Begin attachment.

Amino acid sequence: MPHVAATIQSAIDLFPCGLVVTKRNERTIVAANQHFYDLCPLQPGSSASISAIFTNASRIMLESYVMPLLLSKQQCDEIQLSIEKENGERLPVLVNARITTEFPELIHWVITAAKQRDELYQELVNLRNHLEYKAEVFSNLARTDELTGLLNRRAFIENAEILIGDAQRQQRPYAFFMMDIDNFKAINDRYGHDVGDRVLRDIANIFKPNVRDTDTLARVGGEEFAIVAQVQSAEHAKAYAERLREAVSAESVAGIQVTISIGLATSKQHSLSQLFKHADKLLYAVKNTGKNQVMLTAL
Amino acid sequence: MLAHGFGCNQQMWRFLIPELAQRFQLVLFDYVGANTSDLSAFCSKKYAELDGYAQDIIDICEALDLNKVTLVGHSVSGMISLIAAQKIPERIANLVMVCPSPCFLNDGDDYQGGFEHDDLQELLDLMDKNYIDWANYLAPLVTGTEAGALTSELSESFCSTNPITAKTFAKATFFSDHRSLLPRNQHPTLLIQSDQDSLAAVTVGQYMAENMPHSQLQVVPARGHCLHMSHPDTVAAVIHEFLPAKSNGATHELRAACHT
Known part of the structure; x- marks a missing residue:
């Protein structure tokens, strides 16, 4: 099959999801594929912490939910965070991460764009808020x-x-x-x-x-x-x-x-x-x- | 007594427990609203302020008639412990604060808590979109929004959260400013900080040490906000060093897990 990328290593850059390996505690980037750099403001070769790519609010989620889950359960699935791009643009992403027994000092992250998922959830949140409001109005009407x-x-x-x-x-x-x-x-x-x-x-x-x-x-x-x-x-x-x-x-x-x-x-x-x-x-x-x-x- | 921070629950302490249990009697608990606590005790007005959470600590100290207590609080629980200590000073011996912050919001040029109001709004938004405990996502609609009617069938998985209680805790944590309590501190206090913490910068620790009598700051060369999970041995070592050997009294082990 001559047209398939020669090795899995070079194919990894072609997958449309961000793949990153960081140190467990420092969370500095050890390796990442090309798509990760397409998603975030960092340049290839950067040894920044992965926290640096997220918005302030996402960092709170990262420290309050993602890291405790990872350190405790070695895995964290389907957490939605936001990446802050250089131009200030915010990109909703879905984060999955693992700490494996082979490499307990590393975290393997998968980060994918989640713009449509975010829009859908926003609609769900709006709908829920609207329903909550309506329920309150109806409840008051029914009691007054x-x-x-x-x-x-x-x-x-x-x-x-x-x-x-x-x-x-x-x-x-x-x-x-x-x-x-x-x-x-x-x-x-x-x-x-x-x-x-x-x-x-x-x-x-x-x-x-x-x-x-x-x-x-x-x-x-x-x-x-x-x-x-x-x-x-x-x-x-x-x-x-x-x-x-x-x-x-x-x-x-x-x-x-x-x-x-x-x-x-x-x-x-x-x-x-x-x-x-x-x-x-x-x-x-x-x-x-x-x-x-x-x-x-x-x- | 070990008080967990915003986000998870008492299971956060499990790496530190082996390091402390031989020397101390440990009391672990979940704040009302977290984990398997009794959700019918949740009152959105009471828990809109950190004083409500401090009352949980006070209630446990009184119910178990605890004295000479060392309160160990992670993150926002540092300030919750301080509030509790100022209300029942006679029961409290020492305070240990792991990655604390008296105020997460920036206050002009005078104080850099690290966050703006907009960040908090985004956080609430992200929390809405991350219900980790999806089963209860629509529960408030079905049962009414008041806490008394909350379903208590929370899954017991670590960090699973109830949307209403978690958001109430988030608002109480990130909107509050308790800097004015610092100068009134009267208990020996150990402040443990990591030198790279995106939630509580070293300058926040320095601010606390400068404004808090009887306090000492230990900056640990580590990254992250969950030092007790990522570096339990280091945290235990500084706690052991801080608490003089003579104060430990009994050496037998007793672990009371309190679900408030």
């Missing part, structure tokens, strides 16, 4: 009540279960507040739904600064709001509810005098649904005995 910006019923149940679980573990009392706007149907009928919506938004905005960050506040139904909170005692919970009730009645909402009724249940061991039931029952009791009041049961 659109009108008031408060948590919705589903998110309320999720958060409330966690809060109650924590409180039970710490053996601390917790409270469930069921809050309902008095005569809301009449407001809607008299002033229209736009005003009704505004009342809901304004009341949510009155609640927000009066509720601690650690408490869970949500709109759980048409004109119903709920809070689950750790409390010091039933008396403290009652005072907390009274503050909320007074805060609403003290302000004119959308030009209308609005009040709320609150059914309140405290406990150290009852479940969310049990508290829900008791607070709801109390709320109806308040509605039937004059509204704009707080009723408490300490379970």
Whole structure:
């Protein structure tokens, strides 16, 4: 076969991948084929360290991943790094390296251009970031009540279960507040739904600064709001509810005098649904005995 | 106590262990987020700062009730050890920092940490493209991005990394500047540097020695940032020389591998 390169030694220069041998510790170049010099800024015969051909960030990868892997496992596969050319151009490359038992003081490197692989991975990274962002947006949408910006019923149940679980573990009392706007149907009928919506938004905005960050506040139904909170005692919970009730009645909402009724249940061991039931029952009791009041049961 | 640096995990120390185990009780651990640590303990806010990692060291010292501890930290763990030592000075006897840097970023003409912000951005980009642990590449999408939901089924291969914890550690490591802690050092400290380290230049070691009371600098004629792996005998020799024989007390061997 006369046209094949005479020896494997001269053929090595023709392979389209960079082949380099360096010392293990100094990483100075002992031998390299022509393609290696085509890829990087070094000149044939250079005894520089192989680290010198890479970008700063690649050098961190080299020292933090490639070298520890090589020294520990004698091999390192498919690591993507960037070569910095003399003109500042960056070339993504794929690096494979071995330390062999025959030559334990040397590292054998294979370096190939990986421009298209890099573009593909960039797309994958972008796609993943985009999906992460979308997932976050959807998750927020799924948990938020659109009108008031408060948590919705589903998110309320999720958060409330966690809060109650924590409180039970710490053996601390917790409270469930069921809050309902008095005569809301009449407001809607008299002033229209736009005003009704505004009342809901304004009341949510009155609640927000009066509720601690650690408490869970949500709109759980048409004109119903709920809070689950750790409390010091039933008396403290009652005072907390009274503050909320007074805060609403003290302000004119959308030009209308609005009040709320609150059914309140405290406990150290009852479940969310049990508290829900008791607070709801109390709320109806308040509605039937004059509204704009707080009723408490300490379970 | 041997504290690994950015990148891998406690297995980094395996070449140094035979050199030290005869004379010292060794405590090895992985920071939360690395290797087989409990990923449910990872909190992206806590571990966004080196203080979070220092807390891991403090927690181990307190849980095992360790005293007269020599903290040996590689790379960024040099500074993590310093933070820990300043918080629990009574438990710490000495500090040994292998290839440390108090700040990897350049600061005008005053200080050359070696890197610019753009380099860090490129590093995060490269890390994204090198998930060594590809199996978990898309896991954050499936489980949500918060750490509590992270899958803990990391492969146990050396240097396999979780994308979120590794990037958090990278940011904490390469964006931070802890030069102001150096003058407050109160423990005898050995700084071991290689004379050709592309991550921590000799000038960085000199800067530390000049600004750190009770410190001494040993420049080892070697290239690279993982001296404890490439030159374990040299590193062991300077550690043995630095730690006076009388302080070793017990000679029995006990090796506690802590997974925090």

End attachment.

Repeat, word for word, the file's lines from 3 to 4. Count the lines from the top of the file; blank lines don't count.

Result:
Known part of the structure; x- marks a missing residue:
């Protein structure tokens, strides 16, 4: 099959999801594929912490939910965070991460764009808020x-x-x-x-x-x-x-x-x-x- | 007594427990609203302020008639412990604060808590979109929004959260400013900080040490906000060093897990 990328290593850059390996505690980037750099403001070769790519609010989620889950359960699935791009643009992403027994000092992250998922959830949140409001109005009407x-x-x-x-x-x-x-x-x-x-x-x-x-x-x-x-x-x-x-x-x-x-x-x-x-x-x-x-x- | 921070629950302490249990009697608990606590005790007005959470600590100290207590609080629980200590000073011996912050919001040029109001709004938004405990996502609609009617069938998985209680805790944590309590501190206090913490910068620790009598700051060369999970041995070592050997009294082990 001559047209398939020669090795899995070079194919990894072609997958449309961000793949990153960081140190467990420092969370500095050890390796990442090309798509990760397409998603975030960092340049290839950067040894920044992965926290640096997220918005302030996402960092709170990262420290309050993602890291405790990872350190405790070695895995964290389907957490939605936001990446802050250089131009200030915010990109909703879905984060999955693992700490494996082979490499307990590393975290393997998968980060994918989640713009449509975010829009859908926003609609769900709006709908829920609207329903909550309506329920309150109806409840008051029914009691007054x-x-x-x-x-x-x-x-x-x-x-x-x-x-x-x-x-x-x-x-x-x-x-x-x-x-x-x-x-x-x-x-x-x-x-x-x-x-x-x-x-x-x-x-x-x-x-x-x-x-x-x-x-x-x-x-x-x-x-x-x-x-x-x-x-x-x-x-x-x-x-x-x-x-x-x-x-x-x-x-x-x-x-x-x-x-x-x-x-x-x-x-x-x-x-x-x-x-x-x-x-x-x-x-x-x-x-x-x-x-x-x-x-x-x-x- | 070990008080967990915003986000998870008492299971956060499990790496530190082996390091402390031989020397101390440990009391672990979940704040009302977290984990398997009794959700019918949740009152959105009471828990809109950190004083409500401090009352949980006070209630446990009184119910178990605890004295000479060392309160160990992670993150926002540092300030919750301080509030509790100022209300029942006679029961409290020492305070240990792991990655604390008296105020997460920036206050002009005078104080850099690290966050703006907009960040908090985004956080609430992200929390809405991350219900980790999806089963209860629509529960408030079905049962009414008041806490008394909350379903208590929370899954017991670590960090699973109830949307209403978690958001109430988030608002109480990130909107509050308790800097004015610092100068009134009267208990020996150990402040443990990591030198790279995106939630509580070293300058926040320095601010606390400068404004808090009887306090000492230990900056640990580590990254992250969950030092007790990522570096339990280091945290235990500084706690052991801080608490003089003579104060430990009994050496037998007793672990009371309190679900408030």